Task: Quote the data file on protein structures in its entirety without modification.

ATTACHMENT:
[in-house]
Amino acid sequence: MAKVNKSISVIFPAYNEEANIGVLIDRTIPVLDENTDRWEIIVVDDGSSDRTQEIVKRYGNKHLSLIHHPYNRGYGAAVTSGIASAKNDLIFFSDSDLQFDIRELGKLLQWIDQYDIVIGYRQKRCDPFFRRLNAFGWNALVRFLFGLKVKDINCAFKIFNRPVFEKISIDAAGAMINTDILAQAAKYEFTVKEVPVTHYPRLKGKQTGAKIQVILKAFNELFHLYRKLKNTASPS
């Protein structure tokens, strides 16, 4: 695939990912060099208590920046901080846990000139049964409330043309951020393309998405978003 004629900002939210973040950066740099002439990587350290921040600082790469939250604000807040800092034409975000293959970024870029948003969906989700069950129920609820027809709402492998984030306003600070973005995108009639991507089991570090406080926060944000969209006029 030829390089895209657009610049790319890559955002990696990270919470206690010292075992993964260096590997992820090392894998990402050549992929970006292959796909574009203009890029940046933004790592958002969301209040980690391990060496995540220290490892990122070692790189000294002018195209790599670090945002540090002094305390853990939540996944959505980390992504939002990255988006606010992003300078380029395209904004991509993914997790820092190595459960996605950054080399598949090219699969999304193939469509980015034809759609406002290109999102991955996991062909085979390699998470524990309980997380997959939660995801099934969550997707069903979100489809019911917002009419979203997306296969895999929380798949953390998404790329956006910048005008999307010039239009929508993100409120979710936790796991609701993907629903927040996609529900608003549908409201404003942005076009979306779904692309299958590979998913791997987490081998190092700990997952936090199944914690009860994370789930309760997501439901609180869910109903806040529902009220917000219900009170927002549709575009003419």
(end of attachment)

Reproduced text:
[in-house]
Amino acid sequence: MAKVNKSISVIFPAYNEEANIGVLIDRTIPVLDENTDRWEIIVVDDGSSDRTQEIVKRYGNKHLSLIHHPYNRGYGAAVTSGIASAKNDLIFFSDSDLQFDIRELGKLLQWIDQYDIVIGYRQKRCDPFFRRLNAFGWNALVRFLFGLKVKDINCAFKIFNRPVFEKISIDAAGAMINTDILAQAAKYEFTVKEVPVTHYPRLKGKQTGAKIQVILKAFNELFHLYRKLKNTASPS
């Protein structure tokens, strides 16, 4: 695939990912060099208590920046901080846990000139049964409330043309951020393309998405978003 004629900002939210973040950066740099002439990587350290921040600082790469939250604000807040800092034409975000293959970024870029948003969906989700069950129920609820027809709402492998984030306003600070973005995108009639991507089991570090406080926060944000969209006029 030829390089895209657009610049790319890559955002990696990270919470206690010292075992993964260096590997992820090392894998990402050549992929970006292959796909574009203009890029940046933004790592958002969301209040980690391990060496995540220290490892990122070692790189000294002018195209790599670090945002540090002094305390853990939540996944959505980390992504939002990255988006606010992003300078380029395209904004991509993914997790820092190595459960996605950054080399598949090219699969999304193939469509980015034809759609406002290109999102991955996991062909085979390699998470524990309980997380997959939660995801099934969550997707069903979100489809019911917002009419979203997306296969895999929380798949953390998404790329956006910048005008999307010039239009929508993100409120979710936790796991609701993907629903927040996609529900608003549908409201404003942005076009979306779904692309299958590979998913791997987490081998190092700990997952936090199944914690009860994370789930309760997501439901609180869910109903806040529902009220917000219900009170927002549709575009003419």